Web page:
3 Common Mistakes to Avoid in Your Paralegal Career

Posted December 7, 2021 by in Career

The job of a paralegal isn’t an easy one. Legal assistants wear several different hats—from investigating the facts of a case and arranging evidence to be trial-ready, to getting affidavits and filing appeals, there’s no lack of work to be done in this industry. These tasks only touch the surface of what you may be expected to do in your paralegal career.

Understandably, with such a complex workload, making mistakes isn’t uncommon.

Even still, the following errors should be avoided at all costs:

1. Failing to Organize

On any given day, a paralegal might have to:

  • Conduct research on laws
  • Organize documents for filing
  • Write pre-trial reports 
  • Draft contracts and correspondences 
  • Take notes or review transcripts

And the list goes on.

With this in mind, staying organized is one of the most important things a paralegal can do. According to the organization experts at exhibitindexes.com, you may need to use supplies such as side tabs (which allow you to organize by category, case, date, etc.), labels, binders, and more.

It’s a simple solution that’ll keep you on top of your game!

2. Violating Client Confidentiality

As a paralegal, you’re guaranteed to come across some interesting stories. 

It may be tempting to divulge these stories to your spouse, friends, or family. What harm could telling them do, anyway?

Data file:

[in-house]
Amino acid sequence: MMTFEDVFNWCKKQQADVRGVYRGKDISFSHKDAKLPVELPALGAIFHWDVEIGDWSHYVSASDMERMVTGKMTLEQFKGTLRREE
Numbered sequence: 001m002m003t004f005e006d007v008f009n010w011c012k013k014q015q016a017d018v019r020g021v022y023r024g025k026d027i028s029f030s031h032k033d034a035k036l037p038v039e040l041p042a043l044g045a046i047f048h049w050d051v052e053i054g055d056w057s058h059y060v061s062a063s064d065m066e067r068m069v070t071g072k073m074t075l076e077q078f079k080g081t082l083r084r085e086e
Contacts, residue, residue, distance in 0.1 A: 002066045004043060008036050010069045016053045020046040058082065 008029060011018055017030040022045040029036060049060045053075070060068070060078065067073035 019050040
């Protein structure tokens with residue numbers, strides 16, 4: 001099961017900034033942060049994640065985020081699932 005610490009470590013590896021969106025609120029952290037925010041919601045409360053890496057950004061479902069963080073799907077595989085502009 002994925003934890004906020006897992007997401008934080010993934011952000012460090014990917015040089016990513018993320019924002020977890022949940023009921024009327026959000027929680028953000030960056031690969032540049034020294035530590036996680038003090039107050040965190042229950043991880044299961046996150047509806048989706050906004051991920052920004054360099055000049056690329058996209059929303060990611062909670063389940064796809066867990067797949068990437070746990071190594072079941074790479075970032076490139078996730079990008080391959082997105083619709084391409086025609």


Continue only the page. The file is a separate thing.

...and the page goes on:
The answer is, it doesn’t matter.

Not only is there a chance your partner could run across the topic of your conversation while in a job interview or grocery store one day, but it’s unprofessional and, in some cases, terminable. If someone were to find out about your breach of confidentiality, such as the lawyer you work for, you could face loss of reputation at best, and a civil lawsuit at worst.

Additionally, you may be let go from your current firm—and another won’t be as willing to take that risk.

3. Offering Legal Advice or Practicing Law

Paralegals play an integral role in their law firms, regularly communicating with coworkers about rules, regulations, and much more. You’ll become fluent in this language, able to understand it and translate it for unknowing parties.

But, when it comes to your firm’s clients (or even your Saturday spin partner), you’re legally not allowed to practice law.

Any type of legal advice—especially some that are influenced by your opinion—is considered practicing law. The scope of your job begins and ends with facts, like what time a trial begins or what date your next follow-up meeting is.

Don’t Make These Big Mistakes in Your Paralegal Career

Whether you’re a long-time paralegal or fresh out of law school, the above tips can help you excel at your job.

Being organized will help you meet deadlines, find documents, and save time. Keeping clear boundaries between your work and your personal life will ensure you never violate client confidentiality. Finally, you need to hold boundaries within the scope of your job, not offering legal advice to others under any circumstances.

Follow these tips and your paralegal career should remain safe and successful.

For more great career advice and career tips, you know where to go. See you back on the homepage!

*Photos by August de Richelieu